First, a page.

"It doesn’t much matter what line of argument you take as a woman. If you venture into traditional male territory, the abuse comes anyway. It’s not what you say that prompts it—it’s the fact that you are saying it."
- Mary Beard, speaking at the British Museum in February. Rebecca Mead profiles the Cambridge academic and “troll slayer” in this week’s issue. (via newyorker)

(Source: newyorker.com, via newyorker)

npr:

Ebola has a nasty reputation for damaging the body, especially its blood vessels. But when you look at the nitty-gritty details of what happens after a person is infected, a surprising fact surfaces.
How Ebola Kills You: It’s Not The Virus
Illustration credit: Lisa Brown for NPR

npr:

Ebola has a nasty reputation for damaging the body, especially its blood vessels. But when you look at the nitty-gritty details of what happens after a person is infected, a surprising fact surfaces.

How Ebola Kills You: It’s Not The Virus

Illustration credit: Lisa Brown for NPR

humansofnewyork:

"I was seven years old when it happened. It was about 9 pm at night. We heard the neighbors screaming so we knew that the rebels were in the village. There were many people visiting in my house at the time, so all the men gathered in the main room. We had no guns, only knives. Soon the dog started barking, then we heard footsteps, and then we heard a knock on the door. They started calling for my father to come out. We didn’t answer, so they started shooting into the house. Everyone pushed against the door to try to keep it closed, but they knocked it down. My father saw that he couldn’t run, so he gave himself up. They took him away. Then they gathered all the men and boys, and marched us out of the back of the house. My brother tried to jump and climb up on the roof, but they saw him and shot him. I knew I had to try something different, so I waited until we were rounding a corner, and I jumped into a bush, and I kept crawling until I reached the other side, then I got up and ran. I ran all the way to the neighbor’s house, but they turned me away and locked the door. So I hid all night in the graveyard. The next day I returned to my house. They’d taken everything. They dumped my sick mother onto the floor and took her mattress. I found my father’s body in the barn. They’d cut off his arms and his legs.”(Kampala, Uganda)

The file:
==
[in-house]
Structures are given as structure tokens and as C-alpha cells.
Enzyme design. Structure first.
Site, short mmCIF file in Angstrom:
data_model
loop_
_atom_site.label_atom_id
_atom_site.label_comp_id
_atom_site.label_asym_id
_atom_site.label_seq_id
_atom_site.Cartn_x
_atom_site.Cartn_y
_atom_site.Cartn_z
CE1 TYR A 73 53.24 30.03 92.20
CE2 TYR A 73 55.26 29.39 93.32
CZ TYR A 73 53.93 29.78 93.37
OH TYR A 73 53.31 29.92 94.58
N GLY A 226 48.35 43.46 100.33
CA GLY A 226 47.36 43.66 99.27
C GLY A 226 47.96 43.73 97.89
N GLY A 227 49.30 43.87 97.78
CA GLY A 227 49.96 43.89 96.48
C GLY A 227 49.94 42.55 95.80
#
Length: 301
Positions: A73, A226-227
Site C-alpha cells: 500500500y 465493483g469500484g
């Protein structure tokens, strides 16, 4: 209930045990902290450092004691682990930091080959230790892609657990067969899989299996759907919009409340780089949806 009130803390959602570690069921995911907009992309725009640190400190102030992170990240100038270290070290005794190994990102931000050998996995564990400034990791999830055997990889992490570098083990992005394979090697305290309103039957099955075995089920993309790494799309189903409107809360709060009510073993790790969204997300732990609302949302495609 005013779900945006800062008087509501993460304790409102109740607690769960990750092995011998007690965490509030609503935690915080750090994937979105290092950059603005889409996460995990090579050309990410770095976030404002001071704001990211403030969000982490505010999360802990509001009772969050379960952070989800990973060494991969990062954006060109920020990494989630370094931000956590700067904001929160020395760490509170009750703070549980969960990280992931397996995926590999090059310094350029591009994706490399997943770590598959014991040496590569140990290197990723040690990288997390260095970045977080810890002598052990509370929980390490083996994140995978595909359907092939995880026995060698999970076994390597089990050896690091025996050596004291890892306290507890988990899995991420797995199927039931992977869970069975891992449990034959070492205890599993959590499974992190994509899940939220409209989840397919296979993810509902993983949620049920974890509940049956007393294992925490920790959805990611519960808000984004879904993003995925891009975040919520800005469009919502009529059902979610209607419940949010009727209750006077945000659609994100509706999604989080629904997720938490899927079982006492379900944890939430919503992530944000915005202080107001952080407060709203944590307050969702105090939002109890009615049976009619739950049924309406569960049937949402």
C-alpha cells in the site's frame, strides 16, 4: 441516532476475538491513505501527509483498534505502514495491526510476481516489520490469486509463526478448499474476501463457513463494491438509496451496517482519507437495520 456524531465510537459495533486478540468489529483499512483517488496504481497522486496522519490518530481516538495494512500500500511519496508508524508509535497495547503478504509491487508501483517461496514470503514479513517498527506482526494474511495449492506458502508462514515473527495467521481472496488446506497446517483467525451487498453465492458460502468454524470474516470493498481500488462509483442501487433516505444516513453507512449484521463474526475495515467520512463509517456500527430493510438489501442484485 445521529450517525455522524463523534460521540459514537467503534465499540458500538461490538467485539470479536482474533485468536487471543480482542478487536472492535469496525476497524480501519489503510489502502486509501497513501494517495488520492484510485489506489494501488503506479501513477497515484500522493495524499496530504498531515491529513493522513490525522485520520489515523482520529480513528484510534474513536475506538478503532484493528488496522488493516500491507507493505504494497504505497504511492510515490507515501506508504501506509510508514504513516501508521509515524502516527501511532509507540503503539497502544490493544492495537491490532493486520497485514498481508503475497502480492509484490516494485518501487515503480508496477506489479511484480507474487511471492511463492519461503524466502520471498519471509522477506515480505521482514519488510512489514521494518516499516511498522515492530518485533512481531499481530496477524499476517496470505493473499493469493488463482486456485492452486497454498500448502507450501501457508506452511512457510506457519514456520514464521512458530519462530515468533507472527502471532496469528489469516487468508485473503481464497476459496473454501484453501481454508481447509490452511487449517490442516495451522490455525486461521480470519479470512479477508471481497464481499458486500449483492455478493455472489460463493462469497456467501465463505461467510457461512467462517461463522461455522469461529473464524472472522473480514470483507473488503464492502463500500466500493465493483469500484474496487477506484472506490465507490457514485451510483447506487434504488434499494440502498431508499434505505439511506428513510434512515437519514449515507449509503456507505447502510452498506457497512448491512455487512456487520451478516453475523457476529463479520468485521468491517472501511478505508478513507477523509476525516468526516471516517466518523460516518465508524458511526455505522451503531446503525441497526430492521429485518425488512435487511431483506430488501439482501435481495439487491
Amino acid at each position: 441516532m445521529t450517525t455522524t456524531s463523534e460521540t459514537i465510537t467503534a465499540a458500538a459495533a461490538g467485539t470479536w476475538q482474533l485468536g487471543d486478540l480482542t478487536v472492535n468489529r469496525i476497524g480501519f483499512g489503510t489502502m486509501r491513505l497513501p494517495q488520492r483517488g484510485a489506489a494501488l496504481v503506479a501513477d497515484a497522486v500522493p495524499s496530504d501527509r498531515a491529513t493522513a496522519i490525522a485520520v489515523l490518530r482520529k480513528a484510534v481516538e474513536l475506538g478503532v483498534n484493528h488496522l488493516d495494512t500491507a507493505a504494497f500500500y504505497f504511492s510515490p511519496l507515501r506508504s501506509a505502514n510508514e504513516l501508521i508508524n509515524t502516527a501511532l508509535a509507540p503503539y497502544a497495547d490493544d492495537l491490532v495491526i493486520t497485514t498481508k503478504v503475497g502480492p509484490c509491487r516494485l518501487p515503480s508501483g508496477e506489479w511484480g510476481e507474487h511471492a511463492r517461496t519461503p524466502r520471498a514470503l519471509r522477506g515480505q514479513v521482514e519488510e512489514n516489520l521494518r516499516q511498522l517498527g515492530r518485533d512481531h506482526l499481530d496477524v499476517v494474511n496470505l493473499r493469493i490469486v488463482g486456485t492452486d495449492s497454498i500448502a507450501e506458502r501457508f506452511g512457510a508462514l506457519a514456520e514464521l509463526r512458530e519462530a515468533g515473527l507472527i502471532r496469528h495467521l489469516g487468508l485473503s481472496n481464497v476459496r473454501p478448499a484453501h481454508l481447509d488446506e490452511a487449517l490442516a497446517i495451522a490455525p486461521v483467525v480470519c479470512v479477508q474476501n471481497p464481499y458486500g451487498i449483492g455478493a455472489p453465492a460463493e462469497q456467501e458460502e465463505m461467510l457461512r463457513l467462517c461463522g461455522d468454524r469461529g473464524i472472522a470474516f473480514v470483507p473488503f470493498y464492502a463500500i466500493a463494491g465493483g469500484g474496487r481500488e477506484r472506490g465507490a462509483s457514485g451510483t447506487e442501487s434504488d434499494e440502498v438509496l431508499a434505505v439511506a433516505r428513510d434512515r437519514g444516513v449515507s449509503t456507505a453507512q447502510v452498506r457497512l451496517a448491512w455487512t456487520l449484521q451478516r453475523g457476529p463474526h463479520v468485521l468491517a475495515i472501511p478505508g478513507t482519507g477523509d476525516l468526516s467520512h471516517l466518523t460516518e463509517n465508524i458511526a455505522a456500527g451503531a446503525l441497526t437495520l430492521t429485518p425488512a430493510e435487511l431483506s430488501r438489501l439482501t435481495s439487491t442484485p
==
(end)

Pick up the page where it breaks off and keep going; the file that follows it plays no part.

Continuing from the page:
humansofnewyork:

"I was seven years old when it happened. It was about 9 pm at night. We heard the neighbors screaming so we knew that the rebels were in the village. There were many people visiting in my house at the time, so all the men gathered in the main room. We had no guns, only knives. Soon the dog started barking, then we heard footsteps, and then we heard a knock on the door. They started calling for my father to come out. We didn’t answer, so they started shooting into the house. Everyone pushed against the door to try to keep it closed, but they knocked it down. My father saw that he couldn’t run, so he gave himself up. They took him away. Then they gathered all the men and boys, and marched us out of the back of the house. My brother tried to jump and climb up on the roof, but they saw him and shot him. I knew I had to try something different, so I waited until we were rounding a corner, and I jumped into a bush, and I kept crawling until I reached the other side, then I got up and ran. I ran all the way to the neighbor’s house, but they turned me away and locked the door. So I hid all night in the graveyard. The next day I returned to my house. They’d taken everything. They dumped my sick mother onto the floor and took her mattress. I found my father’s body in the barn. They’d cut off his arms and his legs.”